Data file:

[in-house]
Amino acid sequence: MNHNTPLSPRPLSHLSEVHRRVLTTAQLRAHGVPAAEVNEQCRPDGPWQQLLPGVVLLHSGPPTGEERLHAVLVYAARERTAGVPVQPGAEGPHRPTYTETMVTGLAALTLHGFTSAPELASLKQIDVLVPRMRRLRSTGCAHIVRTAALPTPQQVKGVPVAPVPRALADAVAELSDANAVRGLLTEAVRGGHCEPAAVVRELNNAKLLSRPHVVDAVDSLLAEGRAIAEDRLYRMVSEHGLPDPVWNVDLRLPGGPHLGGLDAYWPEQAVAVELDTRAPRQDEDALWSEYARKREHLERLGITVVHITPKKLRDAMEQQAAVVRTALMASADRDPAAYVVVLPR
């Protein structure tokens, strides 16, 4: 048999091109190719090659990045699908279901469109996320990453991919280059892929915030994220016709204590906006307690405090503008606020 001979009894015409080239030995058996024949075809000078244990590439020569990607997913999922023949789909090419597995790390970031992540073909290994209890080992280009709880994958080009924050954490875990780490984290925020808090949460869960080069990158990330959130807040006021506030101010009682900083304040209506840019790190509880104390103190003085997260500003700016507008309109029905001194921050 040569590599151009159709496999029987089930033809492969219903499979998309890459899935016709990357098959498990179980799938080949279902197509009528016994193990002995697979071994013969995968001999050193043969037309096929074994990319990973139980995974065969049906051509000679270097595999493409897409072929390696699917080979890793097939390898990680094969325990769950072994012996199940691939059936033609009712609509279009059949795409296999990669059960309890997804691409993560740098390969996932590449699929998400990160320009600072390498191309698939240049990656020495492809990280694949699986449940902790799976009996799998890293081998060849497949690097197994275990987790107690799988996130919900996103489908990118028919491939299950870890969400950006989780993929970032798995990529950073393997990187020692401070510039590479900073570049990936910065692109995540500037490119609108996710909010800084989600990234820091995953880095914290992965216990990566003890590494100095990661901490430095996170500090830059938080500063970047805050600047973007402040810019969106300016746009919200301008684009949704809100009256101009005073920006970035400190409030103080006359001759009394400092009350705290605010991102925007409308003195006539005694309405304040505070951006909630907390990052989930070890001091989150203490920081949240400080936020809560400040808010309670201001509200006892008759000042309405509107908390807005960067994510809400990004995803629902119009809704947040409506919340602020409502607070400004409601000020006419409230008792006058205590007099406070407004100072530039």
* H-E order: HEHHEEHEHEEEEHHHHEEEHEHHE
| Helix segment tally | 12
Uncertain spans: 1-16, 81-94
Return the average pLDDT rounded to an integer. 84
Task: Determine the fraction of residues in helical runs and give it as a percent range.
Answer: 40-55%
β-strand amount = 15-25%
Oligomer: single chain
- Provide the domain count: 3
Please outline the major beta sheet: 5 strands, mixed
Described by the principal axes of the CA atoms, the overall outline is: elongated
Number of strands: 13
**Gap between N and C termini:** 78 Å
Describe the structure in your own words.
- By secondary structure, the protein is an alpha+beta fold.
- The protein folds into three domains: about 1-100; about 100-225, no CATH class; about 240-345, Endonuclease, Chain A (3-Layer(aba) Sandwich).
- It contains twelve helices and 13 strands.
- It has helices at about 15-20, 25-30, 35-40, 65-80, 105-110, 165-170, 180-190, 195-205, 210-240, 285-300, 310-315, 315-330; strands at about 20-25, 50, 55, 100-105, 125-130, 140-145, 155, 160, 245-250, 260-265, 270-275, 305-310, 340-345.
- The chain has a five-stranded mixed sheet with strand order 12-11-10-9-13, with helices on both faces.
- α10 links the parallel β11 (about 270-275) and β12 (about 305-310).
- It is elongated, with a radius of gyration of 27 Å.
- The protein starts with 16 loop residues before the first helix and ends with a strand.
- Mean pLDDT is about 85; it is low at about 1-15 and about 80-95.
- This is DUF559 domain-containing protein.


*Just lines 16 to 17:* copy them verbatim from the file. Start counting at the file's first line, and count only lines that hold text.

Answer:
**Gap between N and C termini:** 78 Å
Describe the structure in your own words.